A few tidbits for you today about the Sumner tunnel and the general state of the T. With 2013 fast approaching, don't forget that the MBTA holiday schedule will be in effect on Monday and Tuesday for all services. The T will be suspending fare collection on Monday night after 8:00 PM, and they'll also be extending service until 2:00 AM on many lines. Check out my holiday schedule post here to see if the revised schedule will fit in with your revelry.
I'll be back on Friday the 4th with more -- until then, have a happy and healthy New Year!
You may remember that, this past weekend, the Callahan Tunnel was shut down through the Sunday-into-Monday overnight for panel inspection. Apparently, a very large and not-easily-avoided panel had come down off the wall and crashed into the travel lanes of the 51-year-old tunnel. That, of course, provoked an investigation into the safety of the remaining tiles on the sides of the tunnel.
Out of those overnight "pull tests", 117 of the 20-year-old decorative panels were found to be unsafe and were removed from the tunnel. Officials said that their structural supports had rusted right through. Kind of disconcerting.
While a new system of keeping the tiles on the walls is being devised, highway officials are pressing the message that the tunnel is safe to drive through. Frank DePaola is a spokesman for MassHighway. He says whatever possible problem may have been apparent has been taken care of with the removal of those unsafe tiles - and that crews will now do quarterly inspections of the tunnels.
Speaking of, this Sunday we'll see a similar shutdown for the Sumner Tunnel so the 2800 panels in there can be inspected. The tunnel will close from 9:00 PM to 5:00 AM. Detours will be in place - consider the Ted Williams Tunnel to come into the city from Logan and East Boston.
Also, some good news -- apparently there is a renovation scheduled for the Callahan Tunnel to start in 2014. And, yes - re-doing the panels are on the to-do list.
A reprieve for your wallet -- at least for now
It's not really news that the MBTA needs some cash. According to the latest budget reports that came out this past Wednesday, it looks like that's to the tune of something near $132 million for the coming fiscal year. Yipes.
MBTA General Manager Beverly Scott says that, while she realizes there's a problem, she knows she has to tread carefully in the first few months of her time here.
“These first 60 days are going to be very, very critical,” Scott said. “The last thing I want to have to do is start off the year scaring people.”
That's probably for the best.
In a new article for boston.com, Scott says she's hoping that lawmakers can come together to find new sources for funding for the T, because she really doesn't want to resort to fare hikes and service cuts -- but she'll open that discussion if she has to.
The legislature's been up and down with the T. Ever since they decided to quit filling in the cracks in the agency's budgets back in the start of the millenium, the T's been struggling to find ways to make ends meet. It didn't help, either, as Eric Moskowitz mentions in his article, that significant costs from the Big Dig were tossed onto an already-struggling transit system. Needless to say, real reform is required, and soon.
So far, the T is operating with some emergency funding that was approved back in June by the state legislature, but now the agency's waiting on a report that's due from Governor Patrick here in the next fortnight or so. It's supposed to detail (close to) exactly how much cash the agency will need to get the T all caught up with its backlogs... which, by the way:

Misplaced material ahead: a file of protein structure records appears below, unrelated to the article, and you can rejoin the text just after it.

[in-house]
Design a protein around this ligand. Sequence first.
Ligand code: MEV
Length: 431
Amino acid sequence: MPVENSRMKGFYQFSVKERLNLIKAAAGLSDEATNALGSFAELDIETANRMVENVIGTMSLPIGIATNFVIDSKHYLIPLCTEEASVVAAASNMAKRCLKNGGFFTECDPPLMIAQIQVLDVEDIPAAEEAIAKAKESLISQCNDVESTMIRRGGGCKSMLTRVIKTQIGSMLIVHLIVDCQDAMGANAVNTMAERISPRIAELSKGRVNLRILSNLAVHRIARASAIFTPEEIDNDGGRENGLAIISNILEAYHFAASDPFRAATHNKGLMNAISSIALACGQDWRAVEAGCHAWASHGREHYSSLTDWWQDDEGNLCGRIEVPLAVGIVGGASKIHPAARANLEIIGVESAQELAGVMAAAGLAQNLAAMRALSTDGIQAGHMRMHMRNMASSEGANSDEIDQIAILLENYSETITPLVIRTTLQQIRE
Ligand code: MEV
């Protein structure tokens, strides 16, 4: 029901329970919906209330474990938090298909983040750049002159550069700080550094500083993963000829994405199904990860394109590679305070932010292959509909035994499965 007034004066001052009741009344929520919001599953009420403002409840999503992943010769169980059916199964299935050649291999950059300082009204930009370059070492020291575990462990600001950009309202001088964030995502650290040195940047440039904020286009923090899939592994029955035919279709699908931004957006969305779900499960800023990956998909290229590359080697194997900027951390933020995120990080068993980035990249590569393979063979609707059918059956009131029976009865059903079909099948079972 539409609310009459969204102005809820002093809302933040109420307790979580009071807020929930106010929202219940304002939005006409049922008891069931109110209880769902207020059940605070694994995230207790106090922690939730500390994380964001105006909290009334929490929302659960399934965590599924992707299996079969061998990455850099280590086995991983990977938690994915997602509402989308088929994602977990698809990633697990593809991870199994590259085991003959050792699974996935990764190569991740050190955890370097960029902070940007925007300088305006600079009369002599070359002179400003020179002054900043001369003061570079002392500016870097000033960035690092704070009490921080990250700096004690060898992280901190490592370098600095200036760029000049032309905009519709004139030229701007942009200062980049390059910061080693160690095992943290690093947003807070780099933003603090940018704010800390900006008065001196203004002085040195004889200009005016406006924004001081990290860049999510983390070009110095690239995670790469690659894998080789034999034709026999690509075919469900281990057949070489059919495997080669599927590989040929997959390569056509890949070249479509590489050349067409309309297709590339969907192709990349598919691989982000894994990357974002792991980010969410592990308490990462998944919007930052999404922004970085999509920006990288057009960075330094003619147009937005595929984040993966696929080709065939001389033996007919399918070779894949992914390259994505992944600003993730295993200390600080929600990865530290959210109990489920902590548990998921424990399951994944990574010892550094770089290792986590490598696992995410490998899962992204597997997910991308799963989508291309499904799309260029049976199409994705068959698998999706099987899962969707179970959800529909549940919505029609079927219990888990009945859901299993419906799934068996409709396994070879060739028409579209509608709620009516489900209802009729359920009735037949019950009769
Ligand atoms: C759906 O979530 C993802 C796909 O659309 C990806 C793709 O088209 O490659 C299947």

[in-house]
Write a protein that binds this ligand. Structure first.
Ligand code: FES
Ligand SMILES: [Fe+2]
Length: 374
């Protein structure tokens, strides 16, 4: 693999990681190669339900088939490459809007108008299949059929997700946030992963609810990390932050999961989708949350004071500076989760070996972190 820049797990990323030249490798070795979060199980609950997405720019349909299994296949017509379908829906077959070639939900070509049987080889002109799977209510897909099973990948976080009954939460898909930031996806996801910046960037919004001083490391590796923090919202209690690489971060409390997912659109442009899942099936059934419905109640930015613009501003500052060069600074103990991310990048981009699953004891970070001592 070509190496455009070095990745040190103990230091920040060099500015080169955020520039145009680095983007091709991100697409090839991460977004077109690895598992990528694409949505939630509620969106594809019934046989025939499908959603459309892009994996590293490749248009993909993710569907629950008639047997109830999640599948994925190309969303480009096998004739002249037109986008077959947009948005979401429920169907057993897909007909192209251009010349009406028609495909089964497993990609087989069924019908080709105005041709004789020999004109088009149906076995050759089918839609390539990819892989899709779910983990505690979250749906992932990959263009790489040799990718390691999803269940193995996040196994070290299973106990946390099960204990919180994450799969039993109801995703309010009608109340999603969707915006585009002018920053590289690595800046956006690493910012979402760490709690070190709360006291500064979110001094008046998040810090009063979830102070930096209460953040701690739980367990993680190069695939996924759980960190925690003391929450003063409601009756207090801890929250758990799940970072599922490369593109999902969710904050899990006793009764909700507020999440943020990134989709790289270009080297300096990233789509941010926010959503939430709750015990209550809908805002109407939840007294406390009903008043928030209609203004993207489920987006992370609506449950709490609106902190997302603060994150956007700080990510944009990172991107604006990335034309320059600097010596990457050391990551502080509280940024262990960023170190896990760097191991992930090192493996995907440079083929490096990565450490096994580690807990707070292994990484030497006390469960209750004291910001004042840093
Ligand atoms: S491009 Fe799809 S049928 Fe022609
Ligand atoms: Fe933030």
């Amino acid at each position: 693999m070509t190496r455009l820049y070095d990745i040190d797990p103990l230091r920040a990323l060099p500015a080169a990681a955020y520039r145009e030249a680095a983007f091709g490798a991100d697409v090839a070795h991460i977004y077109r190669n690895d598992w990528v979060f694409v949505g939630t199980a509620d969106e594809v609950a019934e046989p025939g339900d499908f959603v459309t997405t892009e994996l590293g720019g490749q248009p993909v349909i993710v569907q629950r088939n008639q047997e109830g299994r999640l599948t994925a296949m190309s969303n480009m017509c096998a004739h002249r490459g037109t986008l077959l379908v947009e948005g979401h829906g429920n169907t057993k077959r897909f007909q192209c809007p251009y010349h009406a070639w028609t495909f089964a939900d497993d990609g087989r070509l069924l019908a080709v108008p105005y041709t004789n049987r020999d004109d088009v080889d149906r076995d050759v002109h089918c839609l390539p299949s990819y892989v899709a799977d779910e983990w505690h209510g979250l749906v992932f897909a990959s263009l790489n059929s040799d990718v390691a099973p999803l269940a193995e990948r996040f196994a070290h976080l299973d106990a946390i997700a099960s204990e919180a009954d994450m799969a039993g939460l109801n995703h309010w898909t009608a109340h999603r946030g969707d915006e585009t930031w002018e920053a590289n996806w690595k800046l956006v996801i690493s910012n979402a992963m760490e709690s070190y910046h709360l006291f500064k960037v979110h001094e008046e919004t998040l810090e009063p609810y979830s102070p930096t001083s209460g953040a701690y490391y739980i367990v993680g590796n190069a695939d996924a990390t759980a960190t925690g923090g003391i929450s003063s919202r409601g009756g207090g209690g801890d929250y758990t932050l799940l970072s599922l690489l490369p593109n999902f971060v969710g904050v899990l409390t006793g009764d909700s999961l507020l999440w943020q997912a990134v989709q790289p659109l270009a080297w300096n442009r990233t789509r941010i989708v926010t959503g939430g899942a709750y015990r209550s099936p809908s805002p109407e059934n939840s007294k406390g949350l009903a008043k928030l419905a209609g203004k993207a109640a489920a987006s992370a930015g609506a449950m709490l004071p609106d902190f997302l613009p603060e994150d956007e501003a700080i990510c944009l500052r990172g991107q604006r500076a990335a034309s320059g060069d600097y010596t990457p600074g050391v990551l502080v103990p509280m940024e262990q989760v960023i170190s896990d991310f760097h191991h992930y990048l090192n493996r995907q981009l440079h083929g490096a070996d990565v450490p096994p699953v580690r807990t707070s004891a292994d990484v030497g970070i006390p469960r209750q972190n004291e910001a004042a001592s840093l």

Past estimates suggest the state has a roughly $1 billion annual gap between how much it raises to fund transportation and what it should actually spend on highway and transit operations and upkeep, a problem partly masked through heavy borrowing.
That report will also, hopefully, include some quotes on how much the T will have to shell out to finish the expansion projects that are currently on the burner.
Some good news out of all of this? More of you are ditching the keys and taking the T. Ridership was up again in November. Almost one and a half million people choose to ride the MBTA system in one way or another to get to where they have to go each day. That's a plus, considering analysts had been expecting the ridership to fall flat after the fare hikes this past summer. Scott says there's a number of reasons why ridership continues to rise - these include high gas prices, more people back to work, and new innovations for ticketing and other services from the T.
It will be interesting to see if that trend continues. If another fare hike is in the cards, I'm not so sure it will...
You can check out the full article from here.
You'll find slowdowns here...
24 northbound between Route 139, Stoughton (Exit 20) and 128, Randolph: expect lane closures and a rough road surface due to ongoing paving work in place until mid-January 2013.
128 in both directions between Route 135, Dedham (Exit 17) and Highland Avenue, Needham (Exit 19): continuous lane closures are in effect until further notice as part of the 128 widening project. Expect extra slowdowns, especially during mid-days, for work.
Route 9 eastbound at the Hammond Pond Parkway, Newton: expect heavy delays due to ongoing paving work Monday through Friday from 9:00 a.m. to 2:00 p.m.
North Harvard Street over the Larz Anderson Bridge: Continual lane closures are in effect in both directions for bridge reconstruction work. No left turn onto Memorial Drive from JFK Street.
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